You'll also have to maintain the grout lines indefinitely. In general, tiles are a great choice for a house where you plan to stay for a while. As long as you choose a neutral pattern or one that you just can't get enough of, it can be a reliable surface for the rest of your life with good care. As for the possible cold underfoot, an underfloor heating kit can be installed under the floor to keep the cold away.
However, it's important to note that when concrete is the foundation of your home, it will most likely have a “rough finish”, not a “polished” or “smooth” finish as you might want in a bathroom. As a premeditation (when building), you can make the finish smoother in those spaces. As an afterthought (when remodeling), you may have to finish it again first. In addition, despite their versatile and durable nature, some chemicals can etch concrete, which involves a lot of repair work.
Finally, concrete can crack as a house changes location, which will require filling work, which is messy and unpleasant. In a house that's already built, or in one where you don't care if someone else works on the floor again, concrete is an excellent choice as a low-maintenance choice that will last longer than you. You'll need to polish some finishes from time to time to make them look their best, but this is a smooth, even surface that's ideal for aging instead. Mahogany Taylor is a licensed general contractor with more than 25 years of experience in everything related to construction and interior design, as well as in conceptual design and planning.
He has spearheaded multiple construction and design projects throughout the Atlanta metropolitan area. In most cases, waterproof floors are the best option. However, in bathrooms that are only used by adults or in small vanities where standing water is not likely to be present, water resistant floors are a good option. Vinyl sheet floors, and vinyl floors in general, offer a more affordable option for bathroom remodeling projects.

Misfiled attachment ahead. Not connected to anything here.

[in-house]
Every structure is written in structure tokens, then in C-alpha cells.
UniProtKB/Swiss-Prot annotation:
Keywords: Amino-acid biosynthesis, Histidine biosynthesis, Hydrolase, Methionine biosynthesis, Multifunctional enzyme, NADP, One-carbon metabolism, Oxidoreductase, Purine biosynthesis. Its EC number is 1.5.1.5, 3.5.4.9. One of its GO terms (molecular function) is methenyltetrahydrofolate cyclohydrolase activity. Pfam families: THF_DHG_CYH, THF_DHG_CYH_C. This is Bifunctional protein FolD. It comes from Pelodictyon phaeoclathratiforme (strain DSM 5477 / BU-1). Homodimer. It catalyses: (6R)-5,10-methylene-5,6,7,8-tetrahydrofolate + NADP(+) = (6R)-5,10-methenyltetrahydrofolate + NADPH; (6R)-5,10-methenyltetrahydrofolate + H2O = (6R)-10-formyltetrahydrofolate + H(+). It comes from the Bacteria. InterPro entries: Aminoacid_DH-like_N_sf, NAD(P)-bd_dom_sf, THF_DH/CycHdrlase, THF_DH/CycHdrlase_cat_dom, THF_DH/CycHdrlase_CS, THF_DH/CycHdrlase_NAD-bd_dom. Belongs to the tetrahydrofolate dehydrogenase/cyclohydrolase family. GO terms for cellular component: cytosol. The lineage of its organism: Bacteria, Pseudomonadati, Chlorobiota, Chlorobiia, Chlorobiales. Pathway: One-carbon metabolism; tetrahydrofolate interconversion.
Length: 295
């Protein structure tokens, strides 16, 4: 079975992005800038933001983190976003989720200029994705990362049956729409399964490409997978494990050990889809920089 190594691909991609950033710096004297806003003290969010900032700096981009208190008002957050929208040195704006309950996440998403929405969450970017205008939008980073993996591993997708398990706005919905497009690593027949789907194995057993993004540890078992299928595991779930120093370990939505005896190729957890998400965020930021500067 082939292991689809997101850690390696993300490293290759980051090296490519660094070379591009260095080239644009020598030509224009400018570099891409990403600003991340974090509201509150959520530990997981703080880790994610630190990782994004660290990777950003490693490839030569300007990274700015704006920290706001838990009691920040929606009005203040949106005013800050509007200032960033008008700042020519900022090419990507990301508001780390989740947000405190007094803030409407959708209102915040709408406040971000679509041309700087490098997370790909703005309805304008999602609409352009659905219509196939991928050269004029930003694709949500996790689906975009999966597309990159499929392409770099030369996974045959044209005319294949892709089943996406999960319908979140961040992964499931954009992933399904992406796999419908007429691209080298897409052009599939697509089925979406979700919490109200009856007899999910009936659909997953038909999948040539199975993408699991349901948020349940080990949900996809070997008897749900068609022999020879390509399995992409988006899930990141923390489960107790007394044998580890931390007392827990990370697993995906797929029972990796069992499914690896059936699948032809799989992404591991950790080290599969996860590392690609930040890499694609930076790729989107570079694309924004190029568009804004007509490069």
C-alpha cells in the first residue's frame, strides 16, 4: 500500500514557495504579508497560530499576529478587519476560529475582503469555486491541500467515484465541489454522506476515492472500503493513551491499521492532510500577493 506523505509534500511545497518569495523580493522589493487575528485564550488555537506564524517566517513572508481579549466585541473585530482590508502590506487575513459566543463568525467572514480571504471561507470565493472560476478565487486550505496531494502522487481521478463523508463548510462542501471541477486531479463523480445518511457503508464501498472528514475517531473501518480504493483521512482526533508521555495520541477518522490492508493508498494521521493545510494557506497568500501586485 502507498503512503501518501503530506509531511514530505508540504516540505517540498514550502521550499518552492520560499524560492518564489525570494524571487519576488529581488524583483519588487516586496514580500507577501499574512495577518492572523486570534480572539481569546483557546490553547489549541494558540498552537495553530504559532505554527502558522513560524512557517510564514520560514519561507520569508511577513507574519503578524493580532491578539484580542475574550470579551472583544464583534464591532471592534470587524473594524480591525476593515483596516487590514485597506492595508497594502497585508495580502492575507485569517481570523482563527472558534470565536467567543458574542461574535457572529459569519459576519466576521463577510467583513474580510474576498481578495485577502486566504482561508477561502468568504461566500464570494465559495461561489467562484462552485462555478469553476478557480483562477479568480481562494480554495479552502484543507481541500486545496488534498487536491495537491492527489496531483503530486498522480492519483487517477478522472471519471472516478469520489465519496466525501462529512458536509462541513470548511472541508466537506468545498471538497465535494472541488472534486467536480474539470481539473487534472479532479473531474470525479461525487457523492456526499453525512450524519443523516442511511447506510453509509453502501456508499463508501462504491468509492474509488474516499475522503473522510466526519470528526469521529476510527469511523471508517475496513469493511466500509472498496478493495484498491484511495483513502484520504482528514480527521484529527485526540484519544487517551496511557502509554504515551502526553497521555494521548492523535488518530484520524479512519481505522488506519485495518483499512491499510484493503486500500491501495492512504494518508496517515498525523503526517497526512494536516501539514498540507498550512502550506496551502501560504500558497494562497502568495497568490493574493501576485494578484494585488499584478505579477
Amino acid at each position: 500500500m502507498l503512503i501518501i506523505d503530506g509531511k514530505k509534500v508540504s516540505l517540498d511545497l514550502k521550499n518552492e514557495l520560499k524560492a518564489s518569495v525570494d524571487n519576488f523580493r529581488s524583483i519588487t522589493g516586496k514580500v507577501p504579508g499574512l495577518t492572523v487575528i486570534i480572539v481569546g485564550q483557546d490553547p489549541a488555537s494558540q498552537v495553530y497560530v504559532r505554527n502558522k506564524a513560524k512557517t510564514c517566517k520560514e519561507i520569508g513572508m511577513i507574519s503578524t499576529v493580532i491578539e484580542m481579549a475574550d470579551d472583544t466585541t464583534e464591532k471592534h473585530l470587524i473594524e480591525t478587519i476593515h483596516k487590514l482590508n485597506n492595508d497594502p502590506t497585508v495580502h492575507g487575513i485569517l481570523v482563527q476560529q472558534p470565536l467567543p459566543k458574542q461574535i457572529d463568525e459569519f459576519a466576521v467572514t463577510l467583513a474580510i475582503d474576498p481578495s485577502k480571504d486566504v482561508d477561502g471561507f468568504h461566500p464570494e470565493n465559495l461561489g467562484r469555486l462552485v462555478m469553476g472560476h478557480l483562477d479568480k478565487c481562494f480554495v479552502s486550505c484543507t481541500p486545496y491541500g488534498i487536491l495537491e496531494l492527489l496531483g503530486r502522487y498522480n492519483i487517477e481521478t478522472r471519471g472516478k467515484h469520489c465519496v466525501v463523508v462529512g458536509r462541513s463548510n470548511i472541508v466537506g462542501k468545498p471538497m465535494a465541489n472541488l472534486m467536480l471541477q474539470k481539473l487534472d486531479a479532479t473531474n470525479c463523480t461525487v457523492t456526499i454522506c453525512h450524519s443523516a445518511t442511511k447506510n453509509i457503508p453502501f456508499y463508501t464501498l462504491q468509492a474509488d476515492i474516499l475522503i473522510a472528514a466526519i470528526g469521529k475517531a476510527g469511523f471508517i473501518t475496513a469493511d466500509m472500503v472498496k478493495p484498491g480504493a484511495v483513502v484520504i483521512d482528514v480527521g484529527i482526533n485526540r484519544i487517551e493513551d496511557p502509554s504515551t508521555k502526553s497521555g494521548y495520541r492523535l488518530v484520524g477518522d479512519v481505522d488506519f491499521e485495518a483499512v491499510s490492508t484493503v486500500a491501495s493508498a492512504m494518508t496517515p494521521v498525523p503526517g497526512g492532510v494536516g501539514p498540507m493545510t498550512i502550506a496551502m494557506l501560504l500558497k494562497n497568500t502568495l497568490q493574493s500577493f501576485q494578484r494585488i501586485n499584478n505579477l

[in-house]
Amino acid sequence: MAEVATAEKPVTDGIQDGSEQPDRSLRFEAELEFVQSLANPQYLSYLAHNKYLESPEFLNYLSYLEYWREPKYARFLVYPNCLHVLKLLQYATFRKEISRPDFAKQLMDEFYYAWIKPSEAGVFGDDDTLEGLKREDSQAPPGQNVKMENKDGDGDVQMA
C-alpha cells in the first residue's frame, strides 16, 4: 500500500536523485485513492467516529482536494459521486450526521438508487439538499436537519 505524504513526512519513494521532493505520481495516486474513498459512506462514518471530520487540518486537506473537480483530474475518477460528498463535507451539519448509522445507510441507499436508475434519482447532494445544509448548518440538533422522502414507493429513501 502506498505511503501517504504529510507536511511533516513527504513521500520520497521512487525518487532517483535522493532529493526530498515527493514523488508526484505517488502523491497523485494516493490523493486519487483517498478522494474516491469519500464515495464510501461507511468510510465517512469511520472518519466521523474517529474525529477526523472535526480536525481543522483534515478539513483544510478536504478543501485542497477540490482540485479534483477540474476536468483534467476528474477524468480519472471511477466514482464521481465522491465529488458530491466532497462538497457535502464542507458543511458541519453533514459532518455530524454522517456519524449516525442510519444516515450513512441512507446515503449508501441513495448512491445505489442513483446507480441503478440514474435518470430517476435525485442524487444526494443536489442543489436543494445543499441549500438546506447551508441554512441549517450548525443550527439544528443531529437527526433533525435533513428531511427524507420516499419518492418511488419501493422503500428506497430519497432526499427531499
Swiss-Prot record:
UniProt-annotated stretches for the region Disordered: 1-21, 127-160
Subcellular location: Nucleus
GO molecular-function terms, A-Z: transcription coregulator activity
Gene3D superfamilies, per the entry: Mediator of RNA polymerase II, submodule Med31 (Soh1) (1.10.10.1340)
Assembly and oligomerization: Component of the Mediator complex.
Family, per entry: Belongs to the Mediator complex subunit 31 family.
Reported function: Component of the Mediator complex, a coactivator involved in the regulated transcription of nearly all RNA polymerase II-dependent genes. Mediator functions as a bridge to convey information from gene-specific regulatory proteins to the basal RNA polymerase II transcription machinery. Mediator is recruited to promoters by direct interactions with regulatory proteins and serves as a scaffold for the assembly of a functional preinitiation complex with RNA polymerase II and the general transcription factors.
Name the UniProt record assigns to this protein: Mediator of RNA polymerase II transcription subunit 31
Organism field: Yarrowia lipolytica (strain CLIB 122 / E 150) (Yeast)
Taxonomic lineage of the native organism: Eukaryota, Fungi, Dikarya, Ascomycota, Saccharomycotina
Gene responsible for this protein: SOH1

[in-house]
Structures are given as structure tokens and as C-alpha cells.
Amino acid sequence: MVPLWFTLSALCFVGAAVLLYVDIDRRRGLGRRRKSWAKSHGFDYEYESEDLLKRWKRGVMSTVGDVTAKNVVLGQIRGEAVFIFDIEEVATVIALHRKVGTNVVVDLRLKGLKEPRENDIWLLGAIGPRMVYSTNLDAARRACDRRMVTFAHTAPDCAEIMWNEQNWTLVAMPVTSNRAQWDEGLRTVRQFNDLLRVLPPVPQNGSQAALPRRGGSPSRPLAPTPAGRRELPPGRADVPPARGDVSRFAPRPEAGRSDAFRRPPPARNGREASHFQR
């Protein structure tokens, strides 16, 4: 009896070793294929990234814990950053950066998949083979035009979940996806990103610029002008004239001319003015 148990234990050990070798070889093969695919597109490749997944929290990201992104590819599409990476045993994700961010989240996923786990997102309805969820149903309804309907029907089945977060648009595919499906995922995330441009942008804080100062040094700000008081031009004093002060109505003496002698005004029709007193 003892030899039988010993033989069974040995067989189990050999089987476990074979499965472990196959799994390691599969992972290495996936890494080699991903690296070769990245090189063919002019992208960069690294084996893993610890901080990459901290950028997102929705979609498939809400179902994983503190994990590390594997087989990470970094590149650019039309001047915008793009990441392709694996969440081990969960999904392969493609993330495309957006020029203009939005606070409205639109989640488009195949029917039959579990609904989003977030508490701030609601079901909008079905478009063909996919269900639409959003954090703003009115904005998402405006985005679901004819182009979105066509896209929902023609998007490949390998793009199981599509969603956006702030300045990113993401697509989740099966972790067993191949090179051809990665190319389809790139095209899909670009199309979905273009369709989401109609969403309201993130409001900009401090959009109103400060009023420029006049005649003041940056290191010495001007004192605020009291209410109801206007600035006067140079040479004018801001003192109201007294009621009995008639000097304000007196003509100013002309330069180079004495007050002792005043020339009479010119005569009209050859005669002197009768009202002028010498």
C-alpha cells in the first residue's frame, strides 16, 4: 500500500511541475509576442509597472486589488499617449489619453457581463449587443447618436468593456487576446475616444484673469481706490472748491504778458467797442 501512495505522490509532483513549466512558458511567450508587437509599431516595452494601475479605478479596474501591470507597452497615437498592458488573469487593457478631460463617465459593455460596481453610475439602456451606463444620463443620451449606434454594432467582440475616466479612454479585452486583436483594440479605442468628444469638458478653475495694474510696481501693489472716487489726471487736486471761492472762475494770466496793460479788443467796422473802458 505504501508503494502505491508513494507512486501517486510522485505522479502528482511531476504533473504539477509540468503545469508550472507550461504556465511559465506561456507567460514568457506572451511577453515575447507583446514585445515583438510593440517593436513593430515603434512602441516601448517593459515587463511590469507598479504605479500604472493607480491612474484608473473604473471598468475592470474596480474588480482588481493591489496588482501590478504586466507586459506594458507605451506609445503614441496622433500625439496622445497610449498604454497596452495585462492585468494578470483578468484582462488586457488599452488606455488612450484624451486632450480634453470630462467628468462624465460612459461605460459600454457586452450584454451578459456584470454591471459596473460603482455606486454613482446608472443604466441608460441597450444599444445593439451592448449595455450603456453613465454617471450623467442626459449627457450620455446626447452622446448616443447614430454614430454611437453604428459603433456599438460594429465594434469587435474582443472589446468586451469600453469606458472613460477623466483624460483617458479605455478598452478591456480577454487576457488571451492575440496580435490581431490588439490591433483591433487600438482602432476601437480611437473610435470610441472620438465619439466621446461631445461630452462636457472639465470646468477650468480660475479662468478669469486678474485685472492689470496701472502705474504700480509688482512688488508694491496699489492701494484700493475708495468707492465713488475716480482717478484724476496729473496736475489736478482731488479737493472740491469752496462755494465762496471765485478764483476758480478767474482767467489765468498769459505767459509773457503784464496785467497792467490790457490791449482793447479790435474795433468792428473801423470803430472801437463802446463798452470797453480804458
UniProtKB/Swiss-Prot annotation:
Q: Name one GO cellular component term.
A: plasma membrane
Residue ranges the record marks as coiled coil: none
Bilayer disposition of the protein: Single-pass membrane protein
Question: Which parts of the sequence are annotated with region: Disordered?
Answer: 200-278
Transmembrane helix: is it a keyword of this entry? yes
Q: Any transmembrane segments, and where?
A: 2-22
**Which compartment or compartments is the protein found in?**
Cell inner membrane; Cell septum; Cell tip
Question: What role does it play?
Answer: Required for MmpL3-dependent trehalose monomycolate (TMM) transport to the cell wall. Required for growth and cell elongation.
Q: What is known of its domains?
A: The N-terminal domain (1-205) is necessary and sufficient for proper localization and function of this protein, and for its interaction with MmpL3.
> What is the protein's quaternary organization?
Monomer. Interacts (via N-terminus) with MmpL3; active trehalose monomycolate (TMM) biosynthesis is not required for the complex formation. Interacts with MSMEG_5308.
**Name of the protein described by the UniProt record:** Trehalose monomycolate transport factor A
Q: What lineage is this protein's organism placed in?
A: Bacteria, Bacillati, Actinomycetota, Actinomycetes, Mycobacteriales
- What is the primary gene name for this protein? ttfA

Capable of looking like anything from hardwood boards to high-end ceramic tiles and stones, vinyl sheets are an attractive alternative. Instead of less impermeable floors, such as solid wood and tile, which can bend, build up and break, in addition to attracting moisture through grout and planks, vinyl sheet offers a significantly more durable solution. By far the most ubiquitous bathroom floor material? Bluebird. Among this year's bathroom flooring trends are zellige tiles (an artisanal ancestor of the ubiquitous subway tiles), which have softer edges, imperfections and color variations, Byrnes reveals.
Whatever material you choose, proper installation is essential. From subfloor preparation to final finishes (such as waterproof moldings), attention to detail is crucial to the success of any DIY flooring project. The thinnest product, grout, sealants and tools you use can make the difference between a professional-looking installation and a failed installation. Choosing the right decoration style and floor for your bathroom remodel is a great way to start the process.
You don't want a bathroom remodeling project to drag on for months, so setting up a concrete plan will ensure that you get in and out quickly. If you intend to sell the house in approximately five years and are remodeling the bathroom to improve your ROI, it's important to pay attention to materials that can increase the resale value of your home and attract potential buyers. As one of the top candidates for bathroom remodeling projects, waterproof floors, and waterproof hardwood, in particular, can offer a compelling alternative. If you're looking for a bathroom remodel, you might be learning that your flooring options now go far beyond the tile and linoleum options of previous years.